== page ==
Rain gardens are part of school, state sustainability initiatives
By REPORTER STAFF
Mercer Island Reporter Staff
April 6, 2010 · 10:10 AM
The new rain garden built at Mercer Island High School is part of a larger project undertaken by the Friends of the Cedar River Watershed (FCRW) and the state superintendent of schools. The FCRW envisions a demonstration rain garden at all 82 high schools in the greater Cedar River watershed. Through the rain garden program, high school ecology teachers, school Green Teams and student clubs will learn about stormwater issues, design a demonstration rain garden and communicate its purpose to the community.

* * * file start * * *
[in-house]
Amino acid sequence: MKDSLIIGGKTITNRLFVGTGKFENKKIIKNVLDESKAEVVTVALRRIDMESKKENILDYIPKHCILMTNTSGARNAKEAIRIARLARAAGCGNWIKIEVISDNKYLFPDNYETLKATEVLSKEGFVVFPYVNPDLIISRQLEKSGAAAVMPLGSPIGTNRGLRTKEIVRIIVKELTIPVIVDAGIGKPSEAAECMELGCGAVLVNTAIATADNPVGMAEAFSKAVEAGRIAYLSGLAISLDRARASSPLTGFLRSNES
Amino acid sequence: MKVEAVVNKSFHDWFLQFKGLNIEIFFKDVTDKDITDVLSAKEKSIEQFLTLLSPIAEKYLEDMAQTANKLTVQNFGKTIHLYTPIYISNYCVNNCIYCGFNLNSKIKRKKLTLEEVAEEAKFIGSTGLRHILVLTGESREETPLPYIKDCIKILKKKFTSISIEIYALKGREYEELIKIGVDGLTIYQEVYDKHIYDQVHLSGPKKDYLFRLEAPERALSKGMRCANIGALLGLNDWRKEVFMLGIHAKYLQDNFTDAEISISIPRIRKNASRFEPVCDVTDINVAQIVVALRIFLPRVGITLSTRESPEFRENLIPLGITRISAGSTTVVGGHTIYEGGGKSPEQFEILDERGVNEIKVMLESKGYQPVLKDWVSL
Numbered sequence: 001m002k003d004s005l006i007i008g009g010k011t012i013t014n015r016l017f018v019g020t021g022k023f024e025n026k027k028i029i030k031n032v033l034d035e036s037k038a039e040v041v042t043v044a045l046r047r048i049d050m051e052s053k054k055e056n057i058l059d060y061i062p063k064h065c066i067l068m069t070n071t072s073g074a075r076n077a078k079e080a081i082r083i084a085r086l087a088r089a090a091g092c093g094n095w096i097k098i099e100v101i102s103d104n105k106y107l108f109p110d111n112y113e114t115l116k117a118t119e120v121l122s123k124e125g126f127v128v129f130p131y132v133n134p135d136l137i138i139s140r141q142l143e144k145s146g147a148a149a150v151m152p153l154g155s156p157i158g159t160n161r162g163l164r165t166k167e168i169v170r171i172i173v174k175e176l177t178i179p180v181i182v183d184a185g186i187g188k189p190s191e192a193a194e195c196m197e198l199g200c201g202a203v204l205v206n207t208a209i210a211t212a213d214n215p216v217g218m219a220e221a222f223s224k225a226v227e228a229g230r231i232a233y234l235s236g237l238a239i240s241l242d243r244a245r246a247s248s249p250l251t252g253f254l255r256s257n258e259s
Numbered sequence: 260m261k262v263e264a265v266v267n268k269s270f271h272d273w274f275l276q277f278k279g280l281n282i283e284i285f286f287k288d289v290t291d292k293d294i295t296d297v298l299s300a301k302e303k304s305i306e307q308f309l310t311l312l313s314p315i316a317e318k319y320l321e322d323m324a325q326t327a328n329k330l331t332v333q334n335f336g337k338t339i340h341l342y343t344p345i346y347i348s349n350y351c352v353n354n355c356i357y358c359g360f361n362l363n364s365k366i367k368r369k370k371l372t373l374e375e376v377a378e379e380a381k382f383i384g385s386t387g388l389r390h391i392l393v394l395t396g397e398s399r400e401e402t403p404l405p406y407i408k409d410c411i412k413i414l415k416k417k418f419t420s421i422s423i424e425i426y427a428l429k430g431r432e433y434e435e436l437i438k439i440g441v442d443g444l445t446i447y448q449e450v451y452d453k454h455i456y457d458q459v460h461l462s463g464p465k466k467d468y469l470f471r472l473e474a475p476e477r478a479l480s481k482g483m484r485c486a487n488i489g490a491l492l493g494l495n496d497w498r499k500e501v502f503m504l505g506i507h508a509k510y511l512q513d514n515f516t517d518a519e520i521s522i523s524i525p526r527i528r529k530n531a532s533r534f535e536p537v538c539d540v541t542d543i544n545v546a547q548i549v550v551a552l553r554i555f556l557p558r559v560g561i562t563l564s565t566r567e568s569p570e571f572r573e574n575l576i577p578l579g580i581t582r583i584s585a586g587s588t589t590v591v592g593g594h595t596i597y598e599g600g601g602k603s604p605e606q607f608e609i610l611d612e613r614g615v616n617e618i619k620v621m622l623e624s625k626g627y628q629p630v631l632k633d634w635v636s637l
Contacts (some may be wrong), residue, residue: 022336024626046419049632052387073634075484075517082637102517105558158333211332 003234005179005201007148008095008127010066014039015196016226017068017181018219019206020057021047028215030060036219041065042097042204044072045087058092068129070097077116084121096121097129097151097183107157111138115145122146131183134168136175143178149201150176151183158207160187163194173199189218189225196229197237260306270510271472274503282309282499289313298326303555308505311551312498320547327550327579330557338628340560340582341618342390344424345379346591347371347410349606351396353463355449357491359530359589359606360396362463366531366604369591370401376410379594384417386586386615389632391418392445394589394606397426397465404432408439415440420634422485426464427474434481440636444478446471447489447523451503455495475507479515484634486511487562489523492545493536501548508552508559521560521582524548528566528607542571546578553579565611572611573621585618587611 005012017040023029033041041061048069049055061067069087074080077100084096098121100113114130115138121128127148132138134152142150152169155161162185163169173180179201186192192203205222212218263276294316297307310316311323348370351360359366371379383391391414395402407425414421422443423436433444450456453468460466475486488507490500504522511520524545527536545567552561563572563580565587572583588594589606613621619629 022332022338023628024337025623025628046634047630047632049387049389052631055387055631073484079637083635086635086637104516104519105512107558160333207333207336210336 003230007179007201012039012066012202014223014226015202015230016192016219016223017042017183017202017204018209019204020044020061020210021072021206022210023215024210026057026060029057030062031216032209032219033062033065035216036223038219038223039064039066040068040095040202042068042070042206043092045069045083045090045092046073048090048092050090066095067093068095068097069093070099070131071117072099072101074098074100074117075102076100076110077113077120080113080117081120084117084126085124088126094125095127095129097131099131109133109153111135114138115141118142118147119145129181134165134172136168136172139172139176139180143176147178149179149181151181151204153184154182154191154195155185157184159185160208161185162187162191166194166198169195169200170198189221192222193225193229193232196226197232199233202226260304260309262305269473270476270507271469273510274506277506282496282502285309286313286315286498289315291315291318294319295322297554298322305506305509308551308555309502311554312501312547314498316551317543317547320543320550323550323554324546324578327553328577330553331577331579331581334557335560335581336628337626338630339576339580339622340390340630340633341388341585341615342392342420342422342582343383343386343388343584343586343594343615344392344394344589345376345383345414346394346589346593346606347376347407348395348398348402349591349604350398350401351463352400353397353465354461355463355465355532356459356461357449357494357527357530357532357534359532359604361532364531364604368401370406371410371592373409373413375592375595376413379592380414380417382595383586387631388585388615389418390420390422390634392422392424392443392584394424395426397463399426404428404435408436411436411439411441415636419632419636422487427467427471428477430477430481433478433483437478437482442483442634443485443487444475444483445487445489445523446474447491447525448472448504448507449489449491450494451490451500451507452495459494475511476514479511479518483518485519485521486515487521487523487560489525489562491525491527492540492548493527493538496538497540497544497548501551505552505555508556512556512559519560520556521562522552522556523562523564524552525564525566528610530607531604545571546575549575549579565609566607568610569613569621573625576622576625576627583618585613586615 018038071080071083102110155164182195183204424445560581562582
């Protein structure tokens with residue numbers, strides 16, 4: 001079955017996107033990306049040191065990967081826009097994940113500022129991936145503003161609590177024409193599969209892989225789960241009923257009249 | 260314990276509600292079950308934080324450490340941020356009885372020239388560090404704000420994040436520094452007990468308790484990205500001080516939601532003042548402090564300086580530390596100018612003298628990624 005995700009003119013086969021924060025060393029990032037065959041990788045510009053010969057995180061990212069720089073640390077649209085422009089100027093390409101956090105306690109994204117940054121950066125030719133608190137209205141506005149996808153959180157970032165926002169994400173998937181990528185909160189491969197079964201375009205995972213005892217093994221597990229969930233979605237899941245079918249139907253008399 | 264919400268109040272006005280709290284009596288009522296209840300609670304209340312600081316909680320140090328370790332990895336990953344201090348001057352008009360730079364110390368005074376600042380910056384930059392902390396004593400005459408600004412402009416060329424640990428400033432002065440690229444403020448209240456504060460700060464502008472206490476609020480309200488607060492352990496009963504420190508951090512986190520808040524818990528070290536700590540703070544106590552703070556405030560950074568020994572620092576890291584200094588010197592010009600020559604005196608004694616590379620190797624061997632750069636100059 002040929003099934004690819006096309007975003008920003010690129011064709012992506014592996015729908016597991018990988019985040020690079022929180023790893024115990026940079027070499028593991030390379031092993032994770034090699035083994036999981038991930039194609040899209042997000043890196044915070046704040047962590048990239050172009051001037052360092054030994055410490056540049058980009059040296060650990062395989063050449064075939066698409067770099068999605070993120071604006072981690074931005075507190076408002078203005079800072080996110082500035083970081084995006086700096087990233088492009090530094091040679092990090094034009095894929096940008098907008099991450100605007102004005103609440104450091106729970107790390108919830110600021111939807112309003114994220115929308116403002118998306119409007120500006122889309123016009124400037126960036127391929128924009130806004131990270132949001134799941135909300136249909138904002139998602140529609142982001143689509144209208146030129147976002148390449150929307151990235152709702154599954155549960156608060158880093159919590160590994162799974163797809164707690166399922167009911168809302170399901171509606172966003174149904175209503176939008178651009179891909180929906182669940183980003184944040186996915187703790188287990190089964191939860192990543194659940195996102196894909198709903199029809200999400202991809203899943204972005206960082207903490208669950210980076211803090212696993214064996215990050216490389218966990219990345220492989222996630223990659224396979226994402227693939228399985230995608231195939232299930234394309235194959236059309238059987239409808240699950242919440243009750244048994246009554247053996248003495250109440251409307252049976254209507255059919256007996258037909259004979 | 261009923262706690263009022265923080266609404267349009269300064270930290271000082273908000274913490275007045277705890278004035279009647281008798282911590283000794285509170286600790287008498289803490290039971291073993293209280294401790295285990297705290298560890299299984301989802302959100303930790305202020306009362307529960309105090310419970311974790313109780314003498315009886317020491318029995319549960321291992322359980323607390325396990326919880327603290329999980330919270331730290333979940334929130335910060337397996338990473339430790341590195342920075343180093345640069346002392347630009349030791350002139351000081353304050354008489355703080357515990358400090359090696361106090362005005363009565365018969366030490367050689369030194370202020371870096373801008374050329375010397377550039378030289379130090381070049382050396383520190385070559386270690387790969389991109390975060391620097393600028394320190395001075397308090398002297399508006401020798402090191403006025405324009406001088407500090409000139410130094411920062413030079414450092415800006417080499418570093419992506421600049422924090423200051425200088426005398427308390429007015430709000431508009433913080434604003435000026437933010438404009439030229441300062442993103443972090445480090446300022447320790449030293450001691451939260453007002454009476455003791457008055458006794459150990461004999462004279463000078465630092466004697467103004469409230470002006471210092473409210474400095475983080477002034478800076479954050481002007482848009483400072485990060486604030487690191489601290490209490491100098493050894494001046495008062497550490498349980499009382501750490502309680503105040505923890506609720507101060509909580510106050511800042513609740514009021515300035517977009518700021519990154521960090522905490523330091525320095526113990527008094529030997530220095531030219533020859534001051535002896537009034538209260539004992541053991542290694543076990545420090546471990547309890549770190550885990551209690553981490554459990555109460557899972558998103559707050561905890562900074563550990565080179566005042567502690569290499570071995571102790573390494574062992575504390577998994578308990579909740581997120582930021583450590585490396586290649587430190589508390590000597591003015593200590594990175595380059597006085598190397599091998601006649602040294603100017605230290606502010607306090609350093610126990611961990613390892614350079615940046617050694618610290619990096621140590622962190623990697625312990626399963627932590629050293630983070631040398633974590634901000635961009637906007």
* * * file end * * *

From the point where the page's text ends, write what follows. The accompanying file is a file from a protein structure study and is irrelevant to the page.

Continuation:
Rain gardens benefit the environment in several ways:
• Reduce flooding.
• Reduce erosion.
• Naturally filters oil, grease and lawn chemicals out of streams.
• Absorb rain to recharge groundwater.
• Conserve water by planting native foliage that utilizes water best.
• Establish wildlife habitat.
• Educate homeowners and decision makers to take action.
Rain gardens are an alternative way to manage stormwater run-off and are seen as part of good building and landscaping design.
Ecological education and rain garden programs are examples of the new standards for environmental and sustainability education in Washington state schools.
School curriculum mandates that students meet three standards:
(1) Understanding ecological, social and economic systems.
(2) Understanding the relationship between the natural and built environment.
3) Understanding sustainability in relation to civic responsibility.
The standards are intended to support the integration of multiple subjects, systems thinking, inquiry, authentic assessment and project-based learning.Contact Mercer Island Reporter Staff Reporter Staff at firstname.lastname@example.org.